• Aligns Business and Customers’ Success: A North Star Metric gives the entire company a central goal to focus on. Instead of getting lost in team-specific goals, everyone needs to be able to answer: How does our work impact the North Star Metric?
  • Org-level Focus: There's always a lot a company could focus on. Usually, the problem is prioritizing what's most important now. An NSM gives the entire company a clear direction to place its focus.
  • Transparency about What’s Important: A North Star Metric also makes it clear to everyone how the company is performing overall. It can assist the different teams in stepping back from the specifics and seeing the wider picture.

How to set the North Star Metric? 

The North Star Framework is a model for managing products by identifying a single, crucial metric (the North Star Metric) that captures the core value that your product delivers to its customers. In addition to the metric, the North Star Framework includes a set of key inputs that collectively act as factors that produce the metric. Product teams can directly influence these inputs with their day-to-day work.

This combination of this metric and inputs serves three critical purposes in any company:

  • Prioritise and Accelerate Informed Decision-making: The NSM helps prioritise and accelerate informed but decentralised decision-making.
  • Align and Communicate: It helps teams align and communicate.
  • Focus on Impact and Sustainable Growth: It enables teams to focus on impact and sustainable, product-led growth.

The Role of Input Metrics

Just as the North Star guides sailors, input metrics guide the NSM. These are a small set (3–5) of influential, complementary factors that teams believe most directly impact the North Star Metric. These are L1 metrics (L0 being NSM) set by individual teams to measure their efforts and success, ensuring they directly contribute to driving the NSM in the right direction.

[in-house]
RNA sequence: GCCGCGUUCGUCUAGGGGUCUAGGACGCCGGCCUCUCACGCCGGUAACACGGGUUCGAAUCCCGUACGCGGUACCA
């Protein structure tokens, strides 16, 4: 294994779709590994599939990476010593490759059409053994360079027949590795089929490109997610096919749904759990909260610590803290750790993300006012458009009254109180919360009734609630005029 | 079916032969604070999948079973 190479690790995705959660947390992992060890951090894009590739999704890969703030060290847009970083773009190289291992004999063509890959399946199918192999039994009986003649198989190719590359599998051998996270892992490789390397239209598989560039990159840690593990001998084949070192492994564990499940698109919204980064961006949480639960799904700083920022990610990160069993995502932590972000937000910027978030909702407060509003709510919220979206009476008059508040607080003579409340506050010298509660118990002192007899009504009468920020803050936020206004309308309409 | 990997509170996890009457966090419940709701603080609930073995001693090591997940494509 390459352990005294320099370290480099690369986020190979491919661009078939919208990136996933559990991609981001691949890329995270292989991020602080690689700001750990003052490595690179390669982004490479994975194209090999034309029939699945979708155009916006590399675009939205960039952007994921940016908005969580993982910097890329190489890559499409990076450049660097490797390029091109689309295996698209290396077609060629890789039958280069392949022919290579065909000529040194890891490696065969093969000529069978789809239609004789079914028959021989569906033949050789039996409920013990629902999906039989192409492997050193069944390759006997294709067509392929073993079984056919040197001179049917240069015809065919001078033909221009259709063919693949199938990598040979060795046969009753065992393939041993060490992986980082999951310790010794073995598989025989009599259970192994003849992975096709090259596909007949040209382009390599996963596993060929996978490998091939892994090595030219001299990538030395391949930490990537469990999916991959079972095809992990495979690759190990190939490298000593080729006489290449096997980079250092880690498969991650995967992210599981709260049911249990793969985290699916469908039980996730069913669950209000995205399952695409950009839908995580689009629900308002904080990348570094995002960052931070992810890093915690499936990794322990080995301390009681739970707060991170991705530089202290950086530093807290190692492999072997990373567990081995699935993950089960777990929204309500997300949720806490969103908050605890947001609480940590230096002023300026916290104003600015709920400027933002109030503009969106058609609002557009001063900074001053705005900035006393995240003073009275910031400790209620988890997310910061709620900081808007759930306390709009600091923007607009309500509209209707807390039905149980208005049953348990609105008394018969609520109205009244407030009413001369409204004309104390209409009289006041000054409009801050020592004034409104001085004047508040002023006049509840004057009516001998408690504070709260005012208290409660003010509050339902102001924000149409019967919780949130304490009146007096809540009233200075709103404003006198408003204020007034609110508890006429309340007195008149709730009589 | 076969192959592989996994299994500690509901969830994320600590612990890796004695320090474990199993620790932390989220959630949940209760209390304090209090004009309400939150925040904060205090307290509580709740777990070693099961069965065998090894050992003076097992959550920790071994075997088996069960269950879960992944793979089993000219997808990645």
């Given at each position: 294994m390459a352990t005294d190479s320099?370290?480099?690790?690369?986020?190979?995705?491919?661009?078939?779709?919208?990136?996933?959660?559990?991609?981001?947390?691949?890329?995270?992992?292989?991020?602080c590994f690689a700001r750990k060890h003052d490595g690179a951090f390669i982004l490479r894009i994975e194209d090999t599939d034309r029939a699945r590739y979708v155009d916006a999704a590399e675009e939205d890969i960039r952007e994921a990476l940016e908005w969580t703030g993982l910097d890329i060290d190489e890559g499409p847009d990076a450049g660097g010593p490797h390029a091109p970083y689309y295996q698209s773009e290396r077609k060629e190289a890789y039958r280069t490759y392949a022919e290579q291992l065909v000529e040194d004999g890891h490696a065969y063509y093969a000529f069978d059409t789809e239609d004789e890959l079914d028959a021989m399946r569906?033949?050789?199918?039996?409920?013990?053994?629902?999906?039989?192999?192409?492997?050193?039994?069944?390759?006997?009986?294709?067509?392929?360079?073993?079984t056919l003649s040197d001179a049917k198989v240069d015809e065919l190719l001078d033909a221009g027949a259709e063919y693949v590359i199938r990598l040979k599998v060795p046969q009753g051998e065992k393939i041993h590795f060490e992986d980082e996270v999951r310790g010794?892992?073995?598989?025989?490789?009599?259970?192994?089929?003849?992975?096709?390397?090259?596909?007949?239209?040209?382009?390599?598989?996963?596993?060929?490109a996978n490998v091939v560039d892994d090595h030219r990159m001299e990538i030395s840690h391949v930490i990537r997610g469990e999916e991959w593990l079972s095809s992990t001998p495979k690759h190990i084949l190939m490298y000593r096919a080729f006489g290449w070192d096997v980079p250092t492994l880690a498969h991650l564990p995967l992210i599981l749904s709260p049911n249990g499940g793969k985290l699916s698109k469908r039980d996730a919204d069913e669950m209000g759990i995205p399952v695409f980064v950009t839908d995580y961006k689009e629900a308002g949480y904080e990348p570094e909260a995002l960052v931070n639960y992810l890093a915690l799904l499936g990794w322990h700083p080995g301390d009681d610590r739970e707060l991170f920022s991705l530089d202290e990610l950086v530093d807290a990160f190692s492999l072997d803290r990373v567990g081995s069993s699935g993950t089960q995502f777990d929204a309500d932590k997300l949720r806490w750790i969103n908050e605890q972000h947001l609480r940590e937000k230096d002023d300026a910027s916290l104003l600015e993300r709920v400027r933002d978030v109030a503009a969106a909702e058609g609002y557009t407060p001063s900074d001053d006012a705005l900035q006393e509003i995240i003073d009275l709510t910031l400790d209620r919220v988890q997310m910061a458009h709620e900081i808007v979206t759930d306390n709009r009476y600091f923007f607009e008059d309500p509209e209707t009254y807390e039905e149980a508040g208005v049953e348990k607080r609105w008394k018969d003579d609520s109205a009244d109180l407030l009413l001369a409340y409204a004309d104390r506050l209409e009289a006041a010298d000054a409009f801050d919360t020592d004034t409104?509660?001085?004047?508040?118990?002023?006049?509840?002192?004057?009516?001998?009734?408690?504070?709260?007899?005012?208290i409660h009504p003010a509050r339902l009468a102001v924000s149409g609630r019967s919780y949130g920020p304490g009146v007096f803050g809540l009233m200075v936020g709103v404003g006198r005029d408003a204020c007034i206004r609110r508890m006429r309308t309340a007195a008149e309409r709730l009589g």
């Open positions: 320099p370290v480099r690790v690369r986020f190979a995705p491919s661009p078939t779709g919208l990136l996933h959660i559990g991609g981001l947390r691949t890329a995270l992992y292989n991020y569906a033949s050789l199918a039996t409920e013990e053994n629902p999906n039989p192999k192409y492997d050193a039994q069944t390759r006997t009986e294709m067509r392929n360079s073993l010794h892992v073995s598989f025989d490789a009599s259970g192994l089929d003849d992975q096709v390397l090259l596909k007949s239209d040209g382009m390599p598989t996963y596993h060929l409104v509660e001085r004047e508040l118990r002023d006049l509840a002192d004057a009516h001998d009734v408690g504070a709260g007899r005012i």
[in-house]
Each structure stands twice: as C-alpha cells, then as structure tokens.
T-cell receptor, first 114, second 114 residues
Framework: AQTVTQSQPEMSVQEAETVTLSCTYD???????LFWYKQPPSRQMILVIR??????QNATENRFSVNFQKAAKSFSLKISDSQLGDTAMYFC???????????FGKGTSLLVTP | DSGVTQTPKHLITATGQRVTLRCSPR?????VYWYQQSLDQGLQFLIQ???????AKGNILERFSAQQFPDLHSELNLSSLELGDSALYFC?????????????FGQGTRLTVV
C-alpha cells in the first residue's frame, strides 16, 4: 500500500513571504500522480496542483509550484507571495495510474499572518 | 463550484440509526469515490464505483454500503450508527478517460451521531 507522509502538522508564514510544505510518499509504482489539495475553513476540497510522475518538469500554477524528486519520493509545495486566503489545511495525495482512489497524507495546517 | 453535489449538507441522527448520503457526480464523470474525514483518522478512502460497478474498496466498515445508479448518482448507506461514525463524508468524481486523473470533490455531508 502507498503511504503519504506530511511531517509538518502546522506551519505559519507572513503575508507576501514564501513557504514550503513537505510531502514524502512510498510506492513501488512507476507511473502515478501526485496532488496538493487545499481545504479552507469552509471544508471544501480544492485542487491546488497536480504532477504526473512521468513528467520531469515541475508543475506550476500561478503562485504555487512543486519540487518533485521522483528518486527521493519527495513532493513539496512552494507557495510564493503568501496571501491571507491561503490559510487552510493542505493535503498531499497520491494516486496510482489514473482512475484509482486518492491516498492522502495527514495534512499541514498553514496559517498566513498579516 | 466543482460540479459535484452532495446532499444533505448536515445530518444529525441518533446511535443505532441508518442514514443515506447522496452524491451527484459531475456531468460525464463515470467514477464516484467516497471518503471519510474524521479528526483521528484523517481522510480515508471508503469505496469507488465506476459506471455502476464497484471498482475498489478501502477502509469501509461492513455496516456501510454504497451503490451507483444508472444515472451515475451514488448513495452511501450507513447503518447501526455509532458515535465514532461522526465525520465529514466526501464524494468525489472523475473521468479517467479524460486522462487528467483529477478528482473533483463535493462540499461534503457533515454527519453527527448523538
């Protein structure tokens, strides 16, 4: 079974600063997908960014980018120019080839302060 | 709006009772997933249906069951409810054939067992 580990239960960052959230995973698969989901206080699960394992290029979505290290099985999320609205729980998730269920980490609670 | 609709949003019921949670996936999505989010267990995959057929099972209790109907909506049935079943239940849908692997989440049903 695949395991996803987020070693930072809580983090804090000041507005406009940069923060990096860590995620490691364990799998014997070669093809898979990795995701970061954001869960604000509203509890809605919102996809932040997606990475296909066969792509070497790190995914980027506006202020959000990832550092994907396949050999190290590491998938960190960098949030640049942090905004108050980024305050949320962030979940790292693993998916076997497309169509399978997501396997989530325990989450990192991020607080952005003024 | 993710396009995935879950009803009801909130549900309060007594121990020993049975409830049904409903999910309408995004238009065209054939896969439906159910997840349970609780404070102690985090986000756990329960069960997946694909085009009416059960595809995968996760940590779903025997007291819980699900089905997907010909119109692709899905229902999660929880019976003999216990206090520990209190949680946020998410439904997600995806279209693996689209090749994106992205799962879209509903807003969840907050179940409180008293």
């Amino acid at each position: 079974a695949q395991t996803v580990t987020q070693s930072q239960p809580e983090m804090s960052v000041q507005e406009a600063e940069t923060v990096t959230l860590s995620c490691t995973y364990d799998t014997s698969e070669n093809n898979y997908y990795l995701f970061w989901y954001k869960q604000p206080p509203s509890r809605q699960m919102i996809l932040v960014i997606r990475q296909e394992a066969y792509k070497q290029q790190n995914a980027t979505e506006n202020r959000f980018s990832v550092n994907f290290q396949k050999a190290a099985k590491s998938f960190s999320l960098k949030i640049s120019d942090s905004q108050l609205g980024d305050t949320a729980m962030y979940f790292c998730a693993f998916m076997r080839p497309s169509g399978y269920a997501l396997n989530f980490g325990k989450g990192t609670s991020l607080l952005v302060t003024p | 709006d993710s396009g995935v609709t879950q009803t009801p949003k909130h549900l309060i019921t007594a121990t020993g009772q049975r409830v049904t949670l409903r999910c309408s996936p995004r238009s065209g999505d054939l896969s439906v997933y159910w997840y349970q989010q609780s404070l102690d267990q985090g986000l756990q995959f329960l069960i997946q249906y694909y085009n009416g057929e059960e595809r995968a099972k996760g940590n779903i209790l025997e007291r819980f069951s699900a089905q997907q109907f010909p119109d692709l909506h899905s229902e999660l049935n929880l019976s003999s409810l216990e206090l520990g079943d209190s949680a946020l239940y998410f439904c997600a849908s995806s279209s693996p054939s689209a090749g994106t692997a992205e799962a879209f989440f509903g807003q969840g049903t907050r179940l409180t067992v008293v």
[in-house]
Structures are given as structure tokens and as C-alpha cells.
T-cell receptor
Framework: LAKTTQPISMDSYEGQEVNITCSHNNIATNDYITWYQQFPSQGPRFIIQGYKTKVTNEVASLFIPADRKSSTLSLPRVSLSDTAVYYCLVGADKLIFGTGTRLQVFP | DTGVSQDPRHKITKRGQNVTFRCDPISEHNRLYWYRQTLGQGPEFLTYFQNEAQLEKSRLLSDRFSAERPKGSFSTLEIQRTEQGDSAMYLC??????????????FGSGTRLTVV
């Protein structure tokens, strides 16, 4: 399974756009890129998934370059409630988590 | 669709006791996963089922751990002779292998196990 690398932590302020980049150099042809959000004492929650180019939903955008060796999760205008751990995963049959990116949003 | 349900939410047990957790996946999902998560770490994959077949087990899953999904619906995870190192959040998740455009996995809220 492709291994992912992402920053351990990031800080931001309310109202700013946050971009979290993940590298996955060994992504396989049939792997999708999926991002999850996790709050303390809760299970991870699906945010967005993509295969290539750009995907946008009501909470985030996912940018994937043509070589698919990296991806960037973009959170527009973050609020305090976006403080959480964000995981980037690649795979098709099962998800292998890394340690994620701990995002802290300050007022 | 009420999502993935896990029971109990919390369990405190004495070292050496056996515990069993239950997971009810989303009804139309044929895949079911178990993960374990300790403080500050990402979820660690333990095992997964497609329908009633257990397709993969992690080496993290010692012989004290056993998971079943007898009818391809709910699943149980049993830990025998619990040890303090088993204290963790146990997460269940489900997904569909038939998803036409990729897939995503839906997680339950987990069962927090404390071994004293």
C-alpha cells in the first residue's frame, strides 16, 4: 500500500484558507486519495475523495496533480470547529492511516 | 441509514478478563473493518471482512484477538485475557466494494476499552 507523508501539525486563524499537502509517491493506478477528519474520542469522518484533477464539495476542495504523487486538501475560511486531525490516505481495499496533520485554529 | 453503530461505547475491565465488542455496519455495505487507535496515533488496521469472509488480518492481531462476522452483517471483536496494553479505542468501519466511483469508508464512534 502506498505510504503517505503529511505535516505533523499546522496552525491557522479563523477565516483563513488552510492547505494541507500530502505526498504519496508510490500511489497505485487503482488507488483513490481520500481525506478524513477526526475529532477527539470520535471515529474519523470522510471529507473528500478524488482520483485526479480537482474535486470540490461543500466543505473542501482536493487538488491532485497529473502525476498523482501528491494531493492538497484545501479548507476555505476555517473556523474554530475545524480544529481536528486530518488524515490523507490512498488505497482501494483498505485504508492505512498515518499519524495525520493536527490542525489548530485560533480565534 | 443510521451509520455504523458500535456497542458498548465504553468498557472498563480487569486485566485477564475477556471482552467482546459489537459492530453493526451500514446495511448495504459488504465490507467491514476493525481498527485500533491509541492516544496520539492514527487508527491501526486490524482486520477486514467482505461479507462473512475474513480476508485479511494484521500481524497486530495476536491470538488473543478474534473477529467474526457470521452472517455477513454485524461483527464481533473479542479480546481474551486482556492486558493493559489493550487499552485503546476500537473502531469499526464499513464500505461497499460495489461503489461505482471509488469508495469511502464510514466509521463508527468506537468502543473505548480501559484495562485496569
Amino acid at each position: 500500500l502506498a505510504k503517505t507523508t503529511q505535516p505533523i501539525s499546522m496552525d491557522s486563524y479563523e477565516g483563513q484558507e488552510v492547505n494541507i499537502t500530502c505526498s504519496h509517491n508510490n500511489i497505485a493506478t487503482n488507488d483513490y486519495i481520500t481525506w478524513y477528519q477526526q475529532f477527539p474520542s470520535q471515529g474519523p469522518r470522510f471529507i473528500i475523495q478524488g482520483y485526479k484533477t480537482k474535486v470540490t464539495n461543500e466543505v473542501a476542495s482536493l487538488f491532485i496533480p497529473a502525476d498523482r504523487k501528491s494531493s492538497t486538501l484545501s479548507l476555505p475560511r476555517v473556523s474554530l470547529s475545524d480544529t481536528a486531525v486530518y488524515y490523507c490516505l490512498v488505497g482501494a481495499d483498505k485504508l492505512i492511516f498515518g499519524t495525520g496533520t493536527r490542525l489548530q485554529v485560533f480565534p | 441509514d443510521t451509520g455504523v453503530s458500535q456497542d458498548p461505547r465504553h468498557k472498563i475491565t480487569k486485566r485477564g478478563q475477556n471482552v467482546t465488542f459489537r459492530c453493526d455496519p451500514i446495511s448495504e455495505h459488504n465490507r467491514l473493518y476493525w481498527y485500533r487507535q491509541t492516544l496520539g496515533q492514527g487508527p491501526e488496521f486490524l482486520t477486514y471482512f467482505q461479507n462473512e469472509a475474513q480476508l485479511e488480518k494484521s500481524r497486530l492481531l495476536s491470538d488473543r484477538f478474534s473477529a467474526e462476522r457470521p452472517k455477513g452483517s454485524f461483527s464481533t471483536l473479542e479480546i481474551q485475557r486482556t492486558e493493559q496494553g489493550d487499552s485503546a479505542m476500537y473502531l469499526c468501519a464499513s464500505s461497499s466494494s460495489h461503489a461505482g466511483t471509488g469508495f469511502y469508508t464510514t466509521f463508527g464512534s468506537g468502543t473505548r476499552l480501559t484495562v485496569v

Examples of North Star Metrics

Different companies, each with their unique value propositions and business models, will have different North Star Metrics. Let's look at some examples from well-known companies:

  • Netflix: Netflix's product vision is to "Entertain the world". Hence, their North Star Metric is "Median view hours per month." As an entertainment streaming platform, Netflix's goal is to maximise the time users spend watching their content.
  • Spotify: Spotify, a market leader in music streaming apps, has won over music enthusiasts with its user experience, recommendations, and offerings. Their North Star Metric is "Time spent Listening". Ultimately, Spotify wants its users to spend as much time as possible listening to its application.
  • Airbnb: From Homestays to Experiences — Airbnb has positioned itself as a formidable competitor for all hotel booking companies combined. Their North Star Metric is "Number of nights booked," which collectively indicates whether users are satisfied with the experiences provided by Airbnb.
  • Uber: Uber aims to provide value to both sides of the platform — riders and drivers. The NSM for Uber is "Rides completed per week". This metric could lead to optimizing the number of transactions and speed, as part of their overall strategy.

In conclusion, the North Star Metric is more than just a measure of success; it's a strategic tool that aligns your entire company around delivering value to your customers. By identifying and focusing on your NSM, you can navigate your way to sustainable growth and success. So, find your North Star, and let it guide you on your journey to business success.